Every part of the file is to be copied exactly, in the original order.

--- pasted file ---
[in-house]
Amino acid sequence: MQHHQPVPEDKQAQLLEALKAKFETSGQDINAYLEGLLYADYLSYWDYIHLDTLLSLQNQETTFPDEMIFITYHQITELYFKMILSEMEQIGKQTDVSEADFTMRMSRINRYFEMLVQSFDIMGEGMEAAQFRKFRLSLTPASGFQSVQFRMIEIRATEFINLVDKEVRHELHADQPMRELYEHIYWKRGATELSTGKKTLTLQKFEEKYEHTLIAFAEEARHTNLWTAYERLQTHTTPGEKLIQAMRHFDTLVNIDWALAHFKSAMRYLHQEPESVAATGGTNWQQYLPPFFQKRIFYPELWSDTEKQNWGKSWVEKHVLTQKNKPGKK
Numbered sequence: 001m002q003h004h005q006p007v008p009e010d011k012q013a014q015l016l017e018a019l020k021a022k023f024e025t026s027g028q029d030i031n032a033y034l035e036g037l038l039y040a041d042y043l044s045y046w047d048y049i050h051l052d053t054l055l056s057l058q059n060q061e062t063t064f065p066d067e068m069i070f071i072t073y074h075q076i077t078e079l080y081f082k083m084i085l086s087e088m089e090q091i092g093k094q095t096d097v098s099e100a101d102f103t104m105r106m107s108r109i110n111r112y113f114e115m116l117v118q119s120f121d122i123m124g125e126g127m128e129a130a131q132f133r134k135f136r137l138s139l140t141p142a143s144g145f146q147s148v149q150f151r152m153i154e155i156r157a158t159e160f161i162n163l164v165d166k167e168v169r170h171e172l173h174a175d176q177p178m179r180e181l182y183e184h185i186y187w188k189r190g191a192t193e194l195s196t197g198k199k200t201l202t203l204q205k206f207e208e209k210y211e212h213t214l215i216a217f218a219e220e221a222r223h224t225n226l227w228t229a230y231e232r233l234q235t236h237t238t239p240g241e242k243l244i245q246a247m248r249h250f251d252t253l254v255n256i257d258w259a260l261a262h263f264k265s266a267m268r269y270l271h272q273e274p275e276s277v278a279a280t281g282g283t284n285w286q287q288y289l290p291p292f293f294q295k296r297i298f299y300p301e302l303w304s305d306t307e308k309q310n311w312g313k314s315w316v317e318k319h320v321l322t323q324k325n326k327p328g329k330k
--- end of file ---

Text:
[in-house]
Amino acid sequence: MQHHQPVPEDKQAQLLEALKAKFETSGQDINAYLEGLLYADYLSYWDYIHLDTLLSLQNQETTFPDEMIFITYHQITELYFKMILSEMEQIGKQTDVSEADFTMRMSRINRYFEMLVQSFDIMGEGMEAAQFRKFRLSLTPASGFQSVQFRMIEIRATEFINLVDKEVRHELHADQPMRELYEHIYWKRGATELSTGKKTLTLQKFEEKYEHTLIAFAEEARHTNLWTAYERLQTHTTPGEKLIQAMRHFDTLVNIDWALAHFKSAMRYLHQEPESVAATGGTNWQQYLPPFFQKRIFYPELWSDTEKQNWGKSWVEKHVLTQKNKPGKK
Numbered sequence: 001m002q003h004h005q006p007v008p009e010d011k012q013a014q015l016l017e018a019l020k021a022k023f024e025t026s027g028q029d030i031n032a033y034l035e036g037l038l039y040a041d042y043l044s045y046w047d048y049i050h051l052d053t054l055l056s057l058q059n060q061e062t063t064f065p066d067e068m069i070f071i072t073y074h075q076i077t078e079l080y081f082k083m084i085l086s087e088m089e090q091i092g093k094q095t096d097v098s099e100a101d102f103t104m105r106m107s108r109i110n111r112y113f114e115m116l117v118q119s120f121d122i123m124g125e126g127m128e129a130a131q132f133r134k135f136r137l138s139l140t141p142a143s144g145f146q147s148v149q150f151r152m153i154e155i156r157a158t159e160f161i162n163l164v165d166k167e168v169r170h171e172l173h174a175d176q177p178m179r180e181l182y183e184h185i186y187w188k189r190g191a192t193e194l195s196t197g198k199k200t201l202t203l204q205k206f207e208e209k210y211e212h213t214l215i216a217f218a219e220e221a222r223h224t225n226l227w228t229a230y231e232r233l234q235t236h237t238t239p240g241e242k243l244i245q246a247m248r249h250f251d252t253l254v255n256i257d258w259a260l261a262h263f264k265s266a267m268r269y270l271h272q273e274p275e276s277v278a279a280t281g282g283t284n285w286q287q288y289l290p291p292f293f294q295k296r297i298f299y300p301e302l303w304s305d306t307e308k309q310n311w312g313k314s315w316v317e318k319h320v321l322t323q324k325n326k327p328g329k330k